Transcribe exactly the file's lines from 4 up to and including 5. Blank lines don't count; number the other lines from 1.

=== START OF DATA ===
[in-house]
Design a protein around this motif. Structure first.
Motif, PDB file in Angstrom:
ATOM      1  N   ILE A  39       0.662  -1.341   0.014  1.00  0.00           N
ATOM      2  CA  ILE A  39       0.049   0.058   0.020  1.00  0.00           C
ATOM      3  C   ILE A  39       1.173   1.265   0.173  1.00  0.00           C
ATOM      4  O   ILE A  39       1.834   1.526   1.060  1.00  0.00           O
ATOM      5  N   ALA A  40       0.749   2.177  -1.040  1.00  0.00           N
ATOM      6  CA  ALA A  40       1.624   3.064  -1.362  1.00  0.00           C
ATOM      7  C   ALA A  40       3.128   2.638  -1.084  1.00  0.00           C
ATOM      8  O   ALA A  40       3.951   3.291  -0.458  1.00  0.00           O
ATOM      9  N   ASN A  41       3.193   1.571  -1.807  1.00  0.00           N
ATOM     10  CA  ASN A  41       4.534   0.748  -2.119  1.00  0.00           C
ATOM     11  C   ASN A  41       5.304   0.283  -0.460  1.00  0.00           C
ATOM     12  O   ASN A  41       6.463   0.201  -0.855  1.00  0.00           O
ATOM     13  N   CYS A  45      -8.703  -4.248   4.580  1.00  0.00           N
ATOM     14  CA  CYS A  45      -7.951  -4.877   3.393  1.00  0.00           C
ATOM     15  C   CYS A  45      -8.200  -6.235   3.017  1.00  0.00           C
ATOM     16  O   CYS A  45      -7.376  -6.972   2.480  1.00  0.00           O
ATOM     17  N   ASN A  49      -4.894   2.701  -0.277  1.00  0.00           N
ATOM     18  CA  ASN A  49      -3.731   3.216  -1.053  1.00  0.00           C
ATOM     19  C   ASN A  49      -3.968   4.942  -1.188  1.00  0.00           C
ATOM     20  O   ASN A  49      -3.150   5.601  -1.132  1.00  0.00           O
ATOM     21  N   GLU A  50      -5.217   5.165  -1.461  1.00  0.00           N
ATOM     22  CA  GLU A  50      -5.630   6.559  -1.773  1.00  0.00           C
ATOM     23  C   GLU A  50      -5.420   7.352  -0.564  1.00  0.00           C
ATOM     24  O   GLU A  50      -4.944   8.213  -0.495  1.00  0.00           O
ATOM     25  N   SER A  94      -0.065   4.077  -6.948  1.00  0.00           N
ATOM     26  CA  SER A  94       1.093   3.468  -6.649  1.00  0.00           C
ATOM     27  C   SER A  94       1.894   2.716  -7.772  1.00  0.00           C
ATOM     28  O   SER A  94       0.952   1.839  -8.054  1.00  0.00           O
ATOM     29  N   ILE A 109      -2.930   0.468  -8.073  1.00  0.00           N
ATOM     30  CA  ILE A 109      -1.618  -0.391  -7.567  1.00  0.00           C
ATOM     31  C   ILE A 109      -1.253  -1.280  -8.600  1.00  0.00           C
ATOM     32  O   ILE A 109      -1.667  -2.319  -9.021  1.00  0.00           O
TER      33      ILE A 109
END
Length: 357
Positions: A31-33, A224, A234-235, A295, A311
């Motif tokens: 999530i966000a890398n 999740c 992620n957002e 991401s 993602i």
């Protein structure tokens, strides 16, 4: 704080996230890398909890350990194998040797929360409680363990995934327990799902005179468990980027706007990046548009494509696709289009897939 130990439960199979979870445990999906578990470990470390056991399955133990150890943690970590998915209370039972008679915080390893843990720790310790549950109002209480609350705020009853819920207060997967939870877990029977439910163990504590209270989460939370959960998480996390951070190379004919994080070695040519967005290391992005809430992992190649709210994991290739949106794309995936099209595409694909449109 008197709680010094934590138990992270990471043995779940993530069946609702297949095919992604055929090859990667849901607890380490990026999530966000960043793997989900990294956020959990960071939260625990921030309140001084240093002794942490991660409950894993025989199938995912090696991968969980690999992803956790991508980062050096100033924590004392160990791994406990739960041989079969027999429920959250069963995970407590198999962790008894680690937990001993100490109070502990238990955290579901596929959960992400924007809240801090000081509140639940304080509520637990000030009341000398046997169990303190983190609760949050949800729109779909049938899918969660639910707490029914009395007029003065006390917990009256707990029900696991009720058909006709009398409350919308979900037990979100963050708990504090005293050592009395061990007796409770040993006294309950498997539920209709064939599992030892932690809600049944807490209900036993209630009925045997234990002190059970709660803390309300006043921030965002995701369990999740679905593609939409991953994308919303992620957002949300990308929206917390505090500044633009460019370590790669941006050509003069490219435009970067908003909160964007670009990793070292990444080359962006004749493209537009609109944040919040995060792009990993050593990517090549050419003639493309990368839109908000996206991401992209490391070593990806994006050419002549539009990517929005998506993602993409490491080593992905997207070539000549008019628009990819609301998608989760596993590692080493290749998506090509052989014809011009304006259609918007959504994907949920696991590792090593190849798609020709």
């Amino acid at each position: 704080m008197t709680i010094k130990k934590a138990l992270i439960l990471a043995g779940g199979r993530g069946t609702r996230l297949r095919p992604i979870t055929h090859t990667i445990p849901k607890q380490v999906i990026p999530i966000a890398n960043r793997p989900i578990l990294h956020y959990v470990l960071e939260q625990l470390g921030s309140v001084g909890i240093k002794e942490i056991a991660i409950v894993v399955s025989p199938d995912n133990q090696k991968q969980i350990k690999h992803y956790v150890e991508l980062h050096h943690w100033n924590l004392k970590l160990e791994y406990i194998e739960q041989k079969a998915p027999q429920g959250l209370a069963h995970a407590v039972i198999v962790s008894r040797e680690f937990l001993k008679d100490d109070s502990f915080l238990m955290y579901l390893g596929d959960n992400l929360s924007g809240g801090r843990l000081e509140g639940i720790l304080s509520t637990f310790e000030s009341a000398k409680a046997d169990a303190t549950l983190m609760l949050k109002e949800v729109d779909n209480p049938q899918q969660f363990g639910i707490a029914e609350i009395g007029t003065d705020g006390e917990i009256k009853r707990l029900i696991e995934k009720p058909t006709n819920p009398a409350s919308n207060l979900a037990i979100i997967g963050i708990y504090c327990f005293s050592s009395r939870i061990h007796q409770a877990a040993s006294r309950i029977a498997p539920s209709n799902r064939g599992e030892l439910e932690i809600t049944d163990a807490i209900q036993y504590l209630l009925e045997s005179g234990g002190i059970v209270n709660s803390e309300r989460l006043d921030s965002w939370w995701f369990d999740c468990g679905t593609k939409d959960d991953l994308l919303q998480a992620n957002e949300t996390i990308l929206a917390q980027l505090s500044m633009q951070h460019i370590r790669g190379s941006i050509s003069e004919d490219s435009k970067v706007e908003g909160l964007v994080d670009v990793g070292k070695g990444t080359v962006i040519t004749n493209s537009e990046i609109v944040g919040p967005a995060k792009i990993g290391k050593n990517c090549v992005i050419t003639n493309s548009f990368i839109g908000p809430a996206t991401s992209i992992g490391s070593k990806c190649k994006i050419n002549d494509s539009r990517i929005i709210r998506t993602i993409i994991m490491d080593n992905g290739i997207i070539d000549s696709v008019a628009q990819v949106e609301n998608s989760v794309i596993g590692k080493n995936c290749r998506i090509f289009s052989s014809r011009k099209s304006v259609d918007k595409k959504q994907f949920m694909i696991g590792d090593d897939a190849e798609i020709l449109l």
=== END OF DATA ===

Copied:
ATOM      1  N   ILE A  39       0.662  -1.341   0.014  1.00  0.00           N
ATOM      2  CA  ILE A  39       0.049   0.058   0.020  1.00  0.00           C